What rules for a Sept. 1939 start date?



  • Starting the game in May 1940 eliminates the need for rules to steer the game in a more or less historical direction for the opening moves.  And, while deviating from the historical decisions is the whole point of playing games like this (to “prove” you are a better strategist than the people who had to do it for real  😄 ), the players’ decisions should be somewhat constrained by the same problems and dilemmas that existed at the time.

    To that end, what rules would you use for a Sept. 1939 start date?  The problems that come to mind are: how do you reconcile the fact that Germany would have to conquer Poland, Norway, Denmark, and Holland/Belgium before they could even get to their starting point in May 1940?  This would probably require at least two turns of combat, construction of new units, and staging.  While Germany is dealing with Poland, how do you stop France and England from coming in the back door?  History has derided them for the overly cautious “Phony War” they pursued, only invading a few miles into Germany when they could have gone much deeper, possibly crippling the German war effort early.  So, it should be possible for France and Britain go on the offensive early, but from a game play perspective, it wouldn’t be fun for them to be able to deliver a knock-out punch right away.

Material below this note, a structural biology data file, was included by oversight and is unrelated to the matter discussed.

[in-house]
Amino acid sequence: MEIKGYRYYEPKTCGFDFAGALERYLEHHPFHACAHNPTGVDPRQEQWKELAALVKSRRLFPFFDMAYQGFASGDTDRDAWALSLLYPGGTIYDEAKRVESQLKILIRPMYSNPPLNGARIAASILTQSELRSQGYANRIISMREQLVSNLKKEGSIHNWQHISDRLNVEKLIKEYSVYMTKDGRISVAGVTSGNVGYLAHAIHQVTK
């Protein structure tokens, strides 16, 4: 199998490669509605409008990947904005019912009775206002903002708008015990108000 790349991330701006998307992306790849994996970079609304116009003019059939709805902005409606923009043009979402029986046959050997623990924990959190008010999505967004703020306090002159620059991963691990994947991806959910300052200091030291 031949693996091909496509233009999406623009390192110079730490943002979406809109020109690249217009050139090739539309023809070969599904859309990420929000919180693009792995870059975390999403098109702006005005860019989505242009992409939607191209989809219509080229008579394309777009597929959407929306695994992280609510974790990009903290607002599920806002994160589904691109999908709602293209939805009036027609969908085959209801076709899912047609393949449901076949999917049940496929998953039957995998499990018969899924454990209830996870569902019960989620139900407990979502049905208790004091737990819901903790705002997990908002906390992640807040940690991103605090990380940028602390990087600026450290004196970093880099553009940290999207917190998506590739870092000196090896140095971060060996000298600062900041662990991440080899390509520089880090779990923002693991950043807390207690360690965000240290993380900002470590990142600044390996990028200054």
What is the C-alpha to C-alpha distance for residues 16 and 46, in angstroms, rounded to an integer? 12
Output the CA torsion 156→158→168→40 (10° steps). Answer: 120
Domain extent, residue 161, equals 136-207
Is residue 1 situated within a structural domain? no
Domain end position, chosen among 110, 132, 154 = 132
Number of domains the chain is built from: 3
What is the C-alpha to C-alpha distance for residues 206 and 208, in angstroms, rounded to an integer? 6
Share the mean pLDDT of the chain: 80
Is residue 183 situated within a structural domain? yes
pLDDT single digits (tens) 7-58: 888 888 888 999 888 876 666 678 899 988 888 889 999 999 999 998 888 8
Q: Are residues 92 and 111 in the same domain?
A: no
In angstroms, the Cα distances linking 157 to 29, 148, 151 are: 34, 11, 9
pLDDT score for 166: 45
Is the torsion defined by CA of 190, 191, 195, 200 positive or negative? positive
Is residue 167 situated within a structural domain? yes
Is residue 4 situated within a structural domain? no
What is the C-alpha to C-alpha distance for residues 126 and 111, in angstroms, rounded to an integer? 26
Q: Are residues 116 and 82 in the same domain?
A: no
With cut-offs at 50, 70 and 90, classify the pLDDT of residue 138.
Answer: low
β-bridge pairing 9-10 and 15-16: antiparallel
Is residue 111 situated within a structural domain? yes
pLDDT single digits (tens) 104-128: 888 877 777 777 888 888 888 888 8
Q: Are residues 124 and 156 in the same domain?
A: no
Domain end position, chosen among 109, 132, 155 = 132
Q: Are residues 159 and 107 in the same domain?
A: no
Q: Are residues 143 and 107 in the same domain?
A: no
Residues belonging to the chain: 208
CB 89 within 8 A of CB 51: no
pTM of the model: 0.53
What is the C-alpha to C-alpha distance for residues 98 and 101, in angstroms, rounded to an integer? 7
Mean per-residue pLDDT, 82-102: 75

Ideas I’ve had floating in my head: